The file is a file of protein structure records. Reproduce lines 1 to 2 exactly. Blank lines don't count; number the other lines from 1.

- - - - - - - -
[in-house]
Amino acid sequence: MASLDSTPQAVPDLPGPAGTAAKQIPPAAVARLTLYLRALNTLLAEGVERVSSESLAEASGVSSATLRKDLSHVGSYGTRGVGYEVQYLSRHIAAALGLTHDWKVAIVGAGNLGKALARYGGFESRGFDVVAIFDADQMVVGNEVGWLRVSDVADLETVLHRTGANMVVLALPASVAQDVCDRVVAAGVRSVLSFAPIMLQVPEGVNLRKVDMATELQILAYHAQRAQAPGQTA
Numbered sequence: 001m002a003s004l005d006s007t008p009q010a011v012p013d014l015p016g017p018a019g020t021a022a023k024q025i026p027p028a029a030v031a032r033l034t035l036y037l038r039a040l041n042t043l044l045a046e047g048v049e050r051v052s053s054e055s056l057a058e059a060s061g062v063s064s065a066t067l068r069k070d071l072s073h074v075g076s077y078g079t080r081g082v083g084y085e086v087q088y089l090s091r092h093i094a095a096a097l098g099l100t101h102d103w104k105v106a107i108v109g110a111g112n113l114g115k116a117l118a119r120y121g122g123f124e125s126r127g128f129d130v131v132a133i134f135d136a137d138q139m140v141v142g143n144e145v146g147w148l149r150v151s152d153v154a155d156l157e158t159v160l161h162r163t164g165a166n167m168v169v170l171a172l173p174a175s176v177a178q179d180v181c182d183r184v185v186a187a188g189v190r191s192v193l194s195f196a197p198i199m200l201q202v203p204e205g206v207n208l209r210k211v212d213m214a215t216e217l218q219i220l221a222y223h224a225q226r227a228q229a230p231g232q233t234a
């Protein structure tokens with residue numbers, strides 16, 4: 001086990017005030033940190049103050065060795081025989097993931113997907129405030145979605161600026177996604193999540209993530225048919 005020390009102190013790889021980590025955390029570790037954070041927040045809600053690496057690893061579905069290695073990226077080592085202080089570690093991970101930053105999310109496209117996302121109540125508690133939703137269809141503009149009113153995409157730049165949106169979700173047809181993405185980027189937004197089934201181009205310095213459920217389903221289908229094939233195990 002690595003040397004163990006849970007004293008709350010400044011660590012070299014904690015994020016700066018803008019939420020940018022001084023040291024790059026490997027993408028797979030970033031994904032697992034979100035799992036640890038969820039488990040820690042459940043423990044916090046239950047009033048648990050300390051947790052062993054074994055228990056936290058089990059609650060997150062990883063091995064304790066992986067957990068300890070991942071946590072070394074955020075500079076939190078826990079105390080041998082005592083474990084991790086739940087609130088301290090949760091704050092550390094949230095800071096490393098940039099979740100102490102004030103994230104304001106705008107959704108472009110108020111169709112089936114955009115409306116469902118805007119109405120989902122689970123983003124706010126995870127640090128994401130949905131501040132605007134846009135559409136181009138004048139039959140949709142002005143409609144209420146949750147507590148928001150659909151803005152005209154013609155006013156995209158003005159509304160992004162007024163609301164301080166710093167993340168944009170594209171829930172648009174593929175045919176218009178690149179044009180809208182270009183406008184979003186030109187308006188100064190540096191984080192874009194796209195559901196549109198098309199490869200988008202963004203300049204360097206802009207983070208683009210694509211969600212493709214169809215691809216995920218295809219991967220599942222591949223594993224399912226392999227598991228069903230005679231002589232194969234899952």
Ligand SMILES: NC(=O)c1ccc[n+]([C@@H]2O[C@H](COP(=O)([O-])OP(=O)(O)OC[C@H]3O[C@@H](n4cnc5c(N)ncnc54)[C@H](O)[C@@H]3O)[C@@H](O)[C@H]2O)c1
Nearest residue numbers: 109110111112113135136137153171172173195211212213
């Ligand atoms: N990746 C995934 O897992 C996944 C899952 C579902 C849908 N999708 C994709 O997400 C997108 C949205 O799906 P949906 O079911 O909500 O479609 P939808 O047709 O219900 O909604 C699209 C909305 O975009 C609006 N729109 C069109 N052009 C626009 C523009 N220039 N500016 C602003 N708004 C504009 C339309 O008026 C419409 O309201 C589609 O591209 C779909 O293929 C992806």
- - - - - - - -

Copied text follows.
[in-house]
Amino acid sequence: MASLDSTPQAVPDLPGPAGTAAKQIPPAAVARLTLYLRALNTLLAEGVERVSSESLAEASGVSSATLRKDLSHVGSYGTRGVGYEVQYLSRHIAAALGLTHDWKVAIVGAGNLGKALARYGGFESRGFDVVAIFDADQMVVGNEVGWLRVSDVADLETVLHRTGANMVVLALPASVAQDVCDRVVAAGVRSVLSFAPIMLQVPEGVNLRKVDMATELQILAYHAQRAQAPGQTA